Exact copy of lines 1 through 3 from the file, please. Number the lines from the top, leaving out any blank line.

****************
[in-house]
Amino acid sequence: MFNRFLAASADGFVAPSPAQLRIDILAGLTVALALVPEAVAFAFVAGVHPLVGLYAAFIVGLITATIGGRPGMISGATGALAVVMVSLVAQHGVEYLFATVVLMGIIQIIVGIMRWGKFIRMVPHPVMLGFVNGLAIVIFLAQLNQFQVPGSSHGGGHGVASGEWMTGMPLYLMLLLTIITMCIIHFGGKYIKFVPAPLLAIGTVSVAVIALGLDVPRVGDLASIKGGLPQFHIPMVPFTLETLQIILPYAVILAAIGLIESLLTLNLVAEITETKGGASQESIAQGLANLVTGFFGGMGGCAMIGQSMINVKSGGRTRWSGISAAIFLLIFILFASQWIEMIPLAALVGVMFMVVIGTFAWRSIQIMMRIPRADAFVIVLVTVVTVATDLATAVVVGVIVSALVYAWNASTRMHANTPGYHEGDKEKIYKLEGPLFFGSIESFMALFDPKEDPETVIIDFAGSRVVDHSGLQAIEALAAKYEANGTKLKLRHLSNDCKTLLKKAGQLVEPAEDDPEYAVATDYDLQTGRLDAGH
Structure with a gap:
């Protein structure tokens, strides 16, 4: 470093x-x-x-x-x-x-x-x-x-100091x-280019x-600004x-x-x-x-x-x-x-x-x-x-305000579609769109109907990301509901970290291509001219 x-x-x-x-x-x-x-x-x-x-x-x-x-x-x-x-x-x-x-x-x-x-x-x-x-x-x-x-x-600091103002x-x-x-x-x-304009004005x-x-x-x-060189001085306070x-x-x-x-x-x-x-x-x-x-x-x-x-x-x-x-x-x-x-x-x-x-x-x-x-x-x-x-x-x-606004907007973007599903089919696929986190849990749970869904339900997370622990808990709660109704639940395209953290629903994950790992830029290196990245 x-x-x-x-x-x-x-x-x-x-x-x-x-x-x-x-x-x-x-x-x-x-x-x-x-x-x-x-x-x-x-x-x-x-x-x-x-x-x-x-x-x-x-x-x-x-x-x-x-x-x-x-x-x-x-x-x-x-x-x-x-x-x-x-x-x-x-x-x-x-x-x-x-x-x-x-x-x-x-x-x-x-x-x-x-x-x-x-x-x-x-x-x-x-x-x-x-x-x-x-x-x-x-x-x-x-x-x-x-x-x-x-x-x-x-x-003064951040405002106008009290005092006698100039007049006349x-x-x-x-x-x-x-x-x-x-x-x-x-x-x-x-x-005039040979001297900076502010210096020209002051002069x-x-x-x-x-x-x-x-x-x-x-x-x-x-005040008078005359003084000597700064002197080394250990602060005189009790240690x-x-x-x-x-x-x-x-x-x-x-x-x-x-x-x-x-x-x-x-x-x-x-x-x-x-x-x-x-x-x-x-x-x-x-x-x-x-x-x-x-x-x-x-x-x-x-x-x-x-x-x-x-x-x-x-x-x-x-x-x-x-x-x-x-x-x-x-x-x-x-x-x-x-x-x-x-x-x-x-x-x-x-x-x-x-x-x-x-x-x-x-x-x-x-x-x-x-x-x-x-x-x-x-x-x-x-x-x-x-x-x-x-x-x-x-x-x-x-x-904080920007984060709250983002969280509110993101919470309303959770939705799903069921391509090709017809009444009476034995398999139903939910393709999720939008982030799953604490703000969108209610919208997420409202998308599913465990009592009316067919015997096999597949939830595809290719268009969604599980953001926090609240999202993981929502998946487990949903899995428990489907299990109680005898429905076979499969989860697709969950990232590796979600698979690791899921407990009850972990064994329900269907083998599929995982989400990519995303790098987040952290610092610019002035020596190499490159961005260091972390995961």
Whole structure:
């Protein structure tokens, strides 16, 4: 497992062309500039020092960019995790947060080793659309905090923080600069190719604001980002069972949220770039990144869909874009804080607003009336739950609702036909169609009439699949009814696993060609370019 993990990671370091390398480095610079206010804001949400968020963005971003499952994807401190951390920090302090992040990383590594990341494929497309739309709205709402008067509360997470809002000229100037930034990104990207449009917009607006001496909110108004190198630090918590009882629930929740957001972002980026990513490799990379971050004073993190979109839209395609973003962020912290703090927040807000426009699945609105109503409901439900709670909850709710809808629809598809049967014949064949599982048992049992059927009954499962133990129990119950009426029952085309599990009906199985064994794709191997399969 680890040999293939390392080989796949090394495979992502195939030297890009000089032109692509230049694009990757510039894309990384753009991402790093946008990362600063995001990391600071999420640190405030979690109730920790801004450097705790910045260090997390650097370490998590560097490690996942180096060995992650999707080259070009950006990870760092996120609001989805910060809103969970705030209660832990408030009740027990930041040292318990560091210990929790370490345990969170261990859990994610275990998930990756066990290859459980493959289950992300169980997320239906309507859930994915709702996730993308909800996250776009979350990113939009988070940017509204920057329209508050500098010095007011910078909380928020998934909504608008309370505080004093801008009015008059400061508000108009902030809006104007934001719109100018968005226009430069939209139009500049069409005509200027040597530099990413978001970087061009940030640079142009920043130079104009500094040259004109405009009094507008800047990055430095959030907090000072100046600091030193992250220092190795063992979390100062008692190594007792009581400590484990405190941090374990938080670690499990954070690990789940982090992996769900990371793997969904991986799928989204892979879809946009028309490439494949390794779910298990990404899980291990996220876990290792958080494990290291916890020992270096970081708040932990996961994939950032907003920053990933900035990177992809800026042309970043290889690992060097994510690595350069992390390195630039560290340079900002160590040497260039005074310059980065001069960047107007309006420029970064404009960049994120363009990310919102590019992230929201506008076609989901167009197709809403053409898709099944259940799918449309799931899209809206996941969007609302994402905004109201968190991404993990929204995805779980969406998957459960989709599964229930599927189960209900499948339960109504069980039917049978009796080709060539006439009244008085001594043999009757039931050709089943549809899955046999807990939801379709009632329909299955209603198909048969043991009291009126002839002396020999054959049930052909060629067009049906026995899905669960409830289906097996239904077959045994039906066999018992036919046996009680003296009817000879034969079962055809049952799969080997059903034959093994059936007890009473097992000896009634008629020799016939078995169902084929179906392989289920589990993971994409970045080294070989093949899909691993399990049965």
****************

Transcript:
[in-house]
Amino acid sequence: MFNRFLAASADGFVAPSPAQLRIDILAGLTVALALVPEAVAFAFVAGVHPLVGLYAAFIVGLITATIGGRPGMISGATGALAVVMVSLVAQHGVEYLFATVVLMGIIQIIVGIMRWGKFIRMVPHPVMLGFVNGLAIVIFLAQLNQFQVPGSSHGGGHGVASGEWMTGMPLYLMLLLTIITMCIIHFGGKYIKFVPAPLLAIGTVSVAVIALGLDVPRVGDLASIKGGLPQFHIPMVPFTLETLQIILPYAVILAAIGLIESLLTLNLVAEITETKGGASQESIAQGLANLVTGFFGGMGGCAMIGQSMINVKSGGRTRWSGISAAIFLLIFILFASQWIEMIPLAALVGVMFMVVIGTFAWRSIQIMMRIPRADAFVIVLVTVVTVATDLATAVVVGVIVSALVYAWNASTRMHANTPGYHEGDKEKIYKLEGPLFFGSIESFMALFDPKEDPETVIIDFAGSRVVDHSGLQAIEALAAKYEANGTKLKLRHLSNDCKTLLKKAGQLVEPAEDDPEYAVATDYDLQTGRLDAGH
Structure with a gap: